I once wrote a piece titled tough times forge great teams. This was a couple of stories showing how great teams were built over crisis-like situation. While I don’t change my mind on that one I have a supplement.
The other side of the coin is that depending of level of pressure around team or seriousness of crisis great teams can be killed instead of forged. Consider all people in the team as empty pages, which will never happen in the real life. If you put them in tough situations they’ll probably self-organize, become stronger. Weak individuals will go away but the rest will grow.
Now if you push more and more you’ll finally crush this construction. People are not machines. Sure, each of us can stand a different level of shit but that’s a job, not a besieged stronghold. You can always walk away to find a better work. If a current job is crappy you’ll find a better one much easier.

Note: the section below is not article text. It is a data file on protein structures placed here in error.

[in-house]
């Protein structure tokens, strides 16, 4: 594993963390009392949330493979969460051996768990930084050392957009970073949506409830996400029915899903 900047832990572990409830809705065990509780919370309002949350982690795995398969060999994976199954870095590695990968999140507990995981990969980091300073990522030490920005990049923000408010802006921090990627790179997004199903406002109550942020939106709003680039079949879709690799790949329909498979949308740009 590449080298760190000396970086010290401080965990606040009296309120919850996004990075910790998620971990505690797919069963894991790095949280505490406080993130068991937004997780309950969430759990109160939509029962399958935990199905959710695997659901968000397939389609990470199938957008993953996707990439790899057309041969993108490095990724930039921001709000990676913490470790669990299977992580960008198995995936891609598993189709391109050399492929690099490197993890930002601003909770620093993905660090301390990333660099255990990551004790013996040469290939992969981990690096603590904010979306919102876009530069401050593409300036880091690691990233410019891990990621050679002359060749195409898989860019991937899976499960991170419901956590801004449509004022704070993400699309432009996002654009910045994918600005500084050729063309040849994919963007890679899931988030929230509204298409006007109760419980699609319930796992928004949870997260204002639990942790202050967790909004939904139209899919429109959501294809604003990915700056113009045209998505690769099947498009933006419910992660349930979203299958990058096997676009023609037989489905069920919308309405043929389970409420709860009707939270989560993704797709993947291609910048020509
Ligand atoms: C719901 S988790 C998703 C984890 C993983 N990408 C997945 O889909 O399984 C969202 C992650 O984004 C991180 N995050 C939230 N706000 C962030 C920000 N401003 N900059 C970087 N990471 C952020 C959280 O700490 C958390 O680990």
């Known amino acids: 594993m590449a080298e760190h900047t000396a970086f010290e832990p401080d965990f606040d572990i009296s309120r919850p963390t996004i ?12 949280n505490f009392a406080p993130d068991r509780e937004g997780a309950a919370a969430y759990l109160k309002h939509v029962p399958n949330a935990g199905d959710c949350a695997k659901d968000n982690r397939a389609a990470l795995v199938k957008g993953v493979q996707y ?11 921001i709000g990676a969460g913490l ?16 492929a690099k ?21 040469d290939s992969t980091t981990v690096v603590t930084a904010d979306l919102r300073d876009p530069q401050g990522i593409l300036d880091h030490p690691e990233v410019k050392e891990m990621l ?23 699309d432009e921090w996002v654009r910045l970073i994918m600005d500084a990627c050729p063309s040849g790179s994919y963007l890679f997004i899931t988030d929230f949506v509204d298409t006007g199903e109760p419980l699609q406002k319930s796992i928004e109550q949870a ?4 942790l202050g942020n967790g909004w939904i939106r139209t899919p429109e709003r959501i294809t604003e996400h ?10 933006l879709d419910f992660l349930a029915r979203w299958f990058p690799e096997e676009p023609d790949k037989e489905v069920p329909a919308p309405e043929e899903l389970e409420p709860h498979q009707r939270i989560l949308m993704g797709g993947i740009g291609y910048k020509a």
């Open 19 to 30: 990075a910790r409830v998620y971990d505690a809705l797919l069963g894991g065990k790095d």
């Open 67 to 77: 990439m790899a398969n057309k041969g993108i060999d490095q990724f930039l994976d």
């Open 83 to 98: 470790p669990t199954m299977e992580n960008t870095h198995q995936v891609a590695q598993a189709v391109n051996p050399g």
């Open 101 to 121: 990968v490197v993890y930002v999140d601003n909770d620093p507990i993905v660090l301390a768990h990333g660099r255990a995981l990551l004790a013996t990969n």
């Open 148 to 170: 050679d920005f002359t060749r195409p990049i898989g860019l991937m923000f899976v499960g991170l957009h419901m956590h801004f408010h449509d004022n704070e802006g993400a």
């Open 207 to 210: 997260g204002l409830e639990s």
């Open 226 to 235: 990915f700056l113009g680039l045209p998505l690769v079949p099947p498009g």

In small teams it’s often enough to see the first person leaving to disintegrate a group. In bigger ones it’s more blurred. Some people walk away, the rest have to share the shit among them. Survivors are pressed more and more people leave. Then you look for a manager, tell him a bunch of lies, hire him and since then it’s his problem to clean up the mess.
One thing is common for both forging and killing great teams. It happens silently and it takes time. You can’t just see an instant change and say “hey, we now have a great team here… somehow.” If you’re not aware you won’t see teams dying either.
By the way, if you’re about to hire a manager ask candidates a question how many of their teams were great.